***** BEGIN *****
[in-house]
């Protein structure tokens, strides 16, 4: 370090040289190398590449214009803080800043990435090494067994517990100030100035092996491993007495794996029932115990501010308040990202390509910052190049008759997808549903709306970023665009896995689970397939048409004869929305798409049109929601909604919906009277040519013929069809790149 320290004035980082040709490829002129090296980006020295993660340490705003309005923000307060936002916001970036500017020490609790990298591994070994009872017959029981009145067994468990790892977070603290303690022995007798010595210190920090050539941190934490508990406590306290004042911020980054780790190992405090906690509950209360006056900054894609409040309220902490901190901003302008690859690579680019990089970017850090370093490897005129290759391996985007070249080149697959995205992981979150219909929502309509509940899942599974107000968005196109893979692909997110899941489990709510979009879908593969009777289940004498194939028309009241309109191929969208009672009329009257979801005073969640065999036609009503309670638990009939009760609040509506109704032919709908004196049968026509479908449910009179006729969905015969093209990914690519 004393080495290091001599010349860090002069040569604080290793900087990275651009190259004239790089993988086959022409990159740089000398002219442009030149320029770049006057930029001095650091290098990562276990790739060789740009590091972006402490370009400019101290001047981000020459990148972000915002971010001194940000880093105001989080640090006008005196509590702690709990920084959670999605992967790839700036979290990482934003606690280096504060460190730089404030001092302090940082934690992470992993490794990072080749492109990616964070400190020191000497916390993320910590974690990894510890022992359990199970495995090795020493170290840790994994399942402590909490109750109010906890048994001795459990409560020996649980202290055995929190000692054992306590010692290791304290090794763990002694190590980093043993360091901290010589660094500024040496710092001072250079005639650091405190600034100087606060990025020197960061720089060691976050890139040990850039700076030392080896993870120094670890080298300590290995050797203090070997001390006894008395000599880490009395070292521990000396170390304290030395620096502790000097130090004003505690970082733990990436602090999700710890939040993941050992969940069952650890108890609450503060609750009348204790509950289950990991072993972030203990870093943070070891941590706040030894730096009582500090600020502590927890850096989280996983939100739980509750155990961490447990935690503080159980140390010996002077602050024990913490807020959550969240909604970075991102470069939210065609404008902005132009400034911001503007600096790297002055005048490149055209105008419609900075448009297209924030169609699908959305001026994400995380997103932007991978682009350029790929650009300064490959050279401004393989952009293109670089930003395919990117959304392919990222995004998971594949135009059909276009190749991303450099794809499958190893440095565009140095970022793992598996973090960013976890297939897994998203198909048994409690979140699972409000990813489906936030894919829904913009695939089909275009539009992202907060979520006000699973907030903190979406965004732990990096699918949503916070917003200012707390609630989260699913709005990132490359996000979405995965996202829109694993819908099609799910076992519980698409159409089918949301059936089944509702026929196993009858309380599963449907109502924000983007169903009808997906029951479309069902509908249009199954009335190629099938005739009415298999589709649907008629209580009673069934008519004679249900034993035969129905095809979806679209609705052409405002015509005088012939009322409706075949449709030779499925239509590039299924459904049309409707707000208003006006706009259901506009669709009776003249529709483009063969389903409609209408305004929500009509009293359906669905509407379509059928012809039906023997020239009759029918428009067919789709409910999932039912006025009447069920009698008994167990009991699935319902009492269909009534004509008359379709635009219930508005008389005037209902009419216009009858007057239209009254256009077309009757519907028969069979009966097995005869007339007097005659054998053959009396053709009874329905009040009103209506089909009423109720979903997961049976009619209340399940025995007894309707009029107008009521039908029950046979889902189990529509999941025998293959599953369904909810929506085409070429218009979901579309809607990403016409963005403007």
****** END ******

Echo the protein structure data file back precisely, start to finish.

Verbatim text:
[in-house]
């Protein structure tokens, strides 16, 4: 370090040289190398590449214009803080800043990435090494067994517990100030100035092996491993007495794996029932115990501010308040990202390509910052190049008759997808549903709306970023665009896995689970397939048409004869929305798409049109929601909604919906009277040519013929069809790149 320290004035980082040709490829002129090296980006020295993660340490705003309005923000307060936002916001970036500017020490609790990298591994070994009872017959029981009145067994468990790892977070603290303690022995007798010595210190920090050539941190934490508990406590306290004042911020980054780790190992405090906690509950209360006056900054894609409040309220902490901190901003302008690859690579680019990089970017850090370093490897005129290759391996985007070249080149697959995205992981979150219909929502309509509940899942599974107000968005196109893979692909997110899941489990709510979009879908593969009777289940004498194939028309009241309109191929969208009672009329009257979801005073969640065999036609009503309670638990009939009760609040509506109704032919709908004196049968026509479908449910009179006729969905015969093209990914690519 004393080495290091001599010349860090002069040569604080290793900087990275651009190259004239790089993988086959022409990159740089000398002219442009030149320029770049006057930029001095650091290098990562276990790739060789740009590091972006402490370009400019101290001047981000020459990148972000915002971010001194940000880093105001989080640090006008005196509590702690709990920084959670999605992967790839700036979290990482934003606690280096504060460190730089404030001092302090940082934690992470992993490794990072080749492109990616964070400190020191000497916390993320910590974690990894510890022992359990199970495995090795020493170290840790994994399942402590909490109750109010906890048994001795459990409560020996649980202290055995929190000692054992306590010692290791304290090794763990002694190590980093043993360091901290010589660094500024040496710092001072250079005639650091405190600034100087606060990025020197960061720089060691976050890139040990850039700076030392080896993870120094670890080298300590290995050797203090070997001390006894008395000599880490009395070292521990000396170390304290030395620096502790000097130090004003505690970082733990990436602090999700710890939040993941050992969940069952650890108890609450503060609750009348204790509950289950990991072993972030203990870093943070070891941590706040030894730096009582500090600020502590927890850096989280996983939100739980509750155990961490447990935690503080159980140390010996002077602050024990913490807020959550969240909604970075991102470069939210065609404008902005132009400034911001503007600096790297002055005048490149055209105008419609900075448009297209924030169609699908959305001026994400995380997103932007991978682009350029790929650009300064490959050279401004393989952009293109670089930003395919990117959304392919990222995004998971594949135009059909276009190749991303450099794809499958190893440095565009140095970022793992598996973090960013976890297939897994998203198909048994409690979140699972409000990813489906936030894919829904913009695939089909275009539009992202907060979520006000699973907030903190979406965004732990990096699918949503916070917003200012707390609630989260699913709005990132490359996000979405995965996202829109694993819908099609799910076992519980698409159409089918949301059936089944509702026929196993009858309380599963449907109502924000983007169903009808997906029951479309069902509908249009199954009335190629099938005739009415298999589709649907008629209580009673069934008519004679249900034993035969129905095809979806679209609705052409405002015509005088012939009322409706075949449709030779499925239509590039299924459904049309409707707000208003006006706009259901506009669709009776003249529709483009063969389903409609209408305004929500009509009293359906669905509407379509059928012809039906023997020239009759029918428009067919789709409910999932039912006025009447069920009698008994167990009991699935319902009492269909009534004509008359379709635009219930508005008389005037209902009419216009009858007057239209009254256009077309009757519907028969069979009966097995005869007339007097005659054998053959009396053709009874329905009040009103209506089909009423109720979903997961049976009619209340399940025995007894309707009029107008009521039908029950046979889902189990529509999941025998293959599953369904909810929506085409070429218009979901579309809607990403016409963005403007």